A Dayton Daily News analysis of federal labor statistics shows that dropouts who are 25 or older are nearly twice as likely to be unemployed as diploma-earning peers. In 2012, only about 30 percent of Ohioans 25 or older who didn’t finish high school had jobs. That leaves about 561,000 people without diplomas who were also without jobs last year.
The statistics reflect more demand for workers with technical skills and increased global competition for jobs. The Alliance for Excellent Education, based in Washington, says employers increasingly want workers with more education than high school.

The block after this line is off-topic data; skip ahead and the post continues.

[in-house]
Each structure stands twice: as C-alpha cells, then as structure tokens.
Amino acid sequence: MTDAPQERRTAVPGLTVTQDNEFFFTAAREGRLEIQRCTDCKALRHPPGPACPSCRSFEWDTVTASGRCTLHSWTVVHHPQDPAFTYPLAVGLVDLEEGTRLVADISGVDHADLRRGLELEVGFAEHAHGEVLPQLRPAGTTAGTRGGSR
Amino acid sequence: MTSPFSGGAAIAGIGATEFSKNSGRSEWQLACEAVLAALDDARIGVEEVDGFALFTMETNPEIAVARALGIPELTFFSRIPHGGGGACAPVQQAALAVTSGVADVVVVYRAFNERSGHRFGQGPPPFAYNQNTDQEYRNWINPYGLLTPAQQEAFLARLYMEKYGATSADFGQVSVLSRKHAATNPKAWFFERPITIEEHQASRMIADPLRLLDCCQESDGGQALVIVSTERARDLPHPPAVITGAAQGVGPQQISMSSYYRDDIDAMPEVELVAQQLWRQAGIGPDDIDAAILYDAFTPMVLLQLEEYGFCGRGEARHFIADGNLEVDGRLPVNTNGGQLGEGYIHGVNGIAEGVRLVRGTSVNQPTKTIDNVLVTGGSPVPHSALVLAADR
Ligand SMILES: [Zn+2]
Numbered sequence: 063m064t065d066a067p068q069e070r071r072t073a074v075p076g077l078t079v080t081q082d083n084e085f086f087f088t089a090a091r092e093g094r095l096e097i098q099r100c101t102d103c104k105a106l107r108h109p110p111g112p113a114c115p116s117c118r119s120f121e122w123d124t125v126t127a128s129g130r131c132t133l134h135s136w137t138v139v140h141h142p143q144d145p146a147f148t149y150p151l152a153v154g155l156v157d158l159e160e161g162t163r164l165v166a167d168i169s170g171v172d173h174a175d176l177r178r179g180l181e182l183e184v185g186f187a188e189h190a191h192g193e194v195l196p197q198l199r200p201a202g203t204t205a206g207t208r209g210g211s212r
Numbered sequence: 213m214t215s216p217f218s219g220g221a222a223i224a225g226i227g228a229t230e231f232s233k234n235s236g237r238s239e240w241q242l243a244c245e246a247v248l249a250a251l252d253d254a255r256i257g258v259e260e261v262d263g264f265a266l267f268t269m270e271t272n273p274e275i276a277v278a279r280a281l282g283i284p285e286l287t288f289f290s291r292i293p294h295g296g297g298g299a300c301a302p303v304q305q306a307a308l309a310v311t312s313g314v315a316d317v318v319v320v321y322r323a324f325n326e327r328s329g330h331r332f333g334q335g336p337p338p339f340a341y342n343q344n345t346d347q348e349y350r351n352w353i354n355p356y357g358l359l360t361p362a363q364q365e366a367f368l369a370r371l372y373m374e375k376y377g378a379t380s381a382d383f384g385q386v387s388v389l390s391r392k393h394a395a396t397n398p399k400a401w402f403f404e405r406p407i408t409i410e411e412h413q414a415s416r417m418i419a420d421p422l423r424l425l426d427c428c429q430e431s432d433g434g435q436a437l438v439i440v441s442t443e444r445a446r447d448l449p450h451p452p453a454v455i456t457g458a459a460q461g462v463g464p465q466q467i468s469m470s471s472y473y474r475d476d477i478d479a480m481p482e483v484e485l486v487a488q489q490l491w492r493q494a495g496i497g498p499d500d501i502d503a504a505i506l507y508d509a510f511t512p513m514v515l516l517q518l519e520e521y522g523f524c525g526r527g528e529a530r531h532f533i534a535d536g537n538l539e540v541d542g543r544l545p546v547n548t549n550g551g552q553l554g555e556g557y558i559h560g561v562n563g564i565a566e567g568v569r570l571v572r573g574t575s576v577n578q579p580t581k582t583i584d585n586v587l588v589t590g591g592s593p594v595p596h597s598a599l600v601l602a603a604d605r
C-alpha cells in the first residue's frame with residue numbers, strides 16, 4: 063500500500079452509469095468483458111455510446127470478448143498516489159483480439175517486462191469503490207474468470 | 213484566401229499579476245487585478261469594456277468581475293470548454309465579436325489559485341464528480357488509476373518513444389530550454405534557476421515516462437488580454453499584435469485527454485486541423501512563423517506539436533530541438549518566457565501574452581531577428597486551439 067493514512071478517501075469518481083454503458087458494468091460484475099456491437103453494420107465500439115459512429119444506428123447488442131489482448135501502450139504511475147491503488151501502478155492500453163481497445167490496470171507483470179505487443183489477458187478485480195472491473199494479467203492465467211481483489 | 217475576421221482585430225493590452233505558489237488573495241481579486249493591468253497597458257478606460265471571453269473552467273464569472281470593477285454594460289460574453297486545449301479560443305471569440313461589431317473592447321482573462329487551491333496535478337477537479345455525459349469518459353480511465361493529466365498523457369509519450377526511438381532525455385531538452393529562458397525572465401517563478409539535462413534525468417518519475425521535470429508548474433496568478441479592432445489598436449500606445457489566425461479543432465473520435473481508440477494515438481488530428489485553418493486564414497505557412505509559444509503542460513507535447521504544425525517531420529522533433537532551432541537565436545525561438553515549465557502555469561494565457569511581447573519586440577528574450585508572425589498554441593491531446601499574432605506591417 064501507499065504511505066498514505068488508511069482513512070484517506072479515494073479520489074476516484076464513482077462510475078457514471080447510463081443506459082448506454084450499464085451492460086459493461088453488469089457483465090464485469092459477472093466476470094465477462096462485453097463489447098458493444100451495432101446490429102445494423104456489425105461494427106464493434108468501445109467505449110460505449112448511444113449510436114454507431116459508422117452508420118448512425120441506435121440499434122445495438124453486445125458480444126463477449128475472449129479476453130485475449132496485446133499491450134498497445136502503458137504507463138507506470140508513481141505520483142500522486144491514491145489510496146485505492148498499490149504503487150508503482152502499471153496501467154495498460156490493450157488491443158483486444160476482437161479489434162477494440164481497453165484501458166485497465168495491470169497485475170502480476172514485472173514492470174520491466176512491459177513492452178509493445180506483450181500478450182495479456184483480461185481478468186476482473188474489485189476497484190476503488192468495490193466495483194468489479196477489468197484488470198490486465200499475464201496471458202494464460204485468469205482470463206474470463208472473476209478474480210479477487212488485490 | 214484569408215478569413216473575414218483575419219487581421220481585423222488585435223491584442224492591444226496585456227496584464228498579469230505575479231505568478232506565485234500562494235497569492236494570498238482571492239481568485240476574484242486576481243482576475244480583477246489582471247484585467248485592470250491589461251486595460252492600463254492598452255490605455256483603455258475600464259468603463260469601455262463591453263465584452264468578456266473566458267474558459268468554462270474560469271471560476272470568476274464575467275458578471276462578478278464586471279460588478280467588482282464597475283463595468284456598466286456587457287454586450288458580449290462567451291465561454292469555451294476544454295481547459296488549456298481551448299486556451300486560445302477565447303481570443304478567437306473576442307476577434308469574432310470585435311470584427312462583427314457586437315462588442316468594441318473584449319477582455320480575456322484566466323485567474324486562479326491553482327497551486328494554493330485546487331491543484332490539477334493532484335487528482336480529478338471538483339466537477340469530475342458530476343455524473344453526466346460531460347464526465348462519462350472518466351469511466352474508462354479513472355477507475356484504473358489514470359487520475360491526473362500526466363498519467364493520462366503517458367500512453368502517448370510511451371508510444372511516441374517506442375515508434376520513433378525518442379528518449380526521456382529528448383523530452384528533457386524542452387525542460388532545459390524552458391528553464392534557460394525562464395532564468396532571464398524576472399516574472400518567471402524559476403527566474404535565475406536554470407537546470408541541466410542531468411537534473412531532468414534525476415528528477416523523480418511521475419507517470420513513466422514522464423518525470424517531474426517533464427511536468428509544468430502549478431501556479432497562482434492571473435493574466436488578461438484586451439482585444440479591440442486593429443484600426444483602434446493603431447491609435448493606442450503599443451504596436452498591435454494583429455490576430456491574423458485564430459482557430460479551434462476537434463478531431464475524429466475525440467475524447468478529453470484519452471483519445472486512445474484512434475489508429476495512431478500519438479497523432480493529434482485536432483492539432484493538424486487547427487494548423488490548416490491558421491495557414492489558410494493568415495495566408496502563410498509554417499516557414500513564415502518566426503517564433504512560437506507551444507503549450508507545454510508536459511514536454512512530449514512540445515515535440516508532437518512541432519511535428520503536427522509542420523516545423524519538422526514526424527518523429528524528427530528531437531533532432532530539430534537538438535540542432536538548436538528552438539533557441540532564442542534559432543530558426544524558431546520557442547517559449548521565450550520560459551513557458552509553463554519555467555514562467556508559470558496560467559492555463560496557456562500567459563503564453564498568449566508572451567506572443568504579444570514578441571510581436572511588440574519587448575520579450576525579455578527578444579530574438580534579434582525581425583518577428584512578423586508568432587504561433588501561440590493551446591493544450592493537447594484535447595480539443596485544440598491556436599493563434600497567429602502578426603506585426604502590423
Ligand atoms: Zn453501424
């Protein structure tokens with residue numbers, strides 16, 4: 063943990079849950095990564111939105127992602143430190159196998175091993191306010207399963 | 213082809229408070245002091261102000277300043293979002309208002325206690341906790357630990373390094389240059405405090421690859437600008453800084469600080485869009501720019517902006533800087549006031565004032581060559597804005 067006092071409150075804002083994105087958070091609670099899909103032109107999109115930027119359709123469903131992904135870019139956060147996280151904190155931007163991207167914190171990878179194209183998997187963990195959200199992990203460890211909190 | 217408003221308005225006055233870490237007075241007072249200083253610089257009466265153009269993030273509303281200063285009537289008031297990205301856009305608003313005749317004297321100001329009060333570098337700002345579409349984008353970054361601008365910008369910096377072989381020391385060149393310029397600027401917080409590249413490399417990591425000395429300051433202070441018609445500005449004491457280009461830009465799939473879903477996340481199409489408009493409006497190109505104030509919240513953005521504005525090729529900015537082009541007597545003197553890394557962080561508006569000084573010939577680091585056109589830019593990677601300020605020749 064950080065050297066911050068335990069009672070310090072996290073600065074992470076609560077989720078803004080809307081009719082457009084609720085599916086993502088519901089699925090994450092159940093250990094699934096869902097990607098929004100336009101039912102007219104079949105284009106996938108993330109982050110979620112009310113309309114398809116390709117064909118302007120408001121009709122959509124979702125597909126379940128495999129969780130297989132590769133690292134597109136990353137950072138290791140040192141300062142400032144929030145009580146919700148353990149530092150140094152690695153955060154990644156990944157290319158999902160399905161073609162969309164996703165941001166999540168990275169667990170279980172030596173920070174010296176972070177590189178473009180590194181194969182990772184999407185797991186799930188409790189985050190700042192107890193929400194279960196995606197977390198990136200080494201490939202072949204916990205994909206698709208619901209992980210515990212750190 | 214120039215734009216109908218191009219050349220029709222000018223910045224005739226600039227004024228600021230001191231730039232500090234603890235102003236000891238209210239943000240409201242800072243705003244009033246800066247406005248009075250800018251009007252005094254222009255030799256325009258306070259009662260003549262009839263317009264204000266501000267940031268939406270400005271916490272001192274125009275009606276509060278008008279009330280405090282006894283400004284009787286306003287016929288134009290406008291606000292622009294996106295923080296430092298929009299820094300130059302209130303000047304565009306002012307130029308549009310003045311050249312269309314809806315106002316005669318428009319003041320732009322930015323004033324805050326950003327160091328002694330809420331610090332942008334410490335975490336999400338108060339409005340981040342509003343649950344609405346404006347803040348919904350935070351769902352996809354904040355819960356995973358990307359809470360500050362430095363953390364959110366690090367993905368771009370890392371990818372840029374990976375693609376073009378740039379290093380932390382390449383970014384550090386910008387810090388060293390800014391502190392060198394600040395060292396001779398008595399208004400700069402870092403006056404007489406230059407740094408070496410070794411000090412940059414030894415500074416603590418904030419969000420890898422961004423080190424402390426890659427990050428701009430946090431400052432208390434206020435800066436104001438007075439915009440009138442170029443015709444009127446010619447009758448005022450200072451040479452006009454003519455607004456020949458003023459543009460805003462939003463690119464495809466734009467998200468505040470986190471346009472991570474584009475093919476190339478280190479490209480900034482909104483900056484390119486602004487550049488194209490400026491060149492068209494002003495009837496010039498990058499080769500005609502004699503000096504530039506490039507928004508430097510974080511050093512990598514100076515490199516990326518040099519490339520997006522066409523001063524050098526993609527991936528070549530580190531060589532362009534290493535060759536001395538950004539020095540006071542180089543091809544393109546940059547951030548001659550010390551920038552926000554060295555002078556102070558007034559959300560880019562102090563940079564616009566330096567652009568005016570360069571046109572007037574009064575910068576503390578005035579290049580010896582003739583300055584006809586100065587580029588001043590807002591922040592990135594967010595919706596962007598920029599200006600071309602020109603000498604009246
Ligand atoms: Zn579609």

“The majority of jobs in today’s knowledgebased economy require a high school diploma at minimum, and in most cases they need some form of education after high school,” said Jason Amos, vice president of communications for the nonprofit organization.
Ohio high school graduates, on average, earn $7,500 more annually than dropouts. College graduates, on average, earn $27,000 more than those who didn’t finish high school.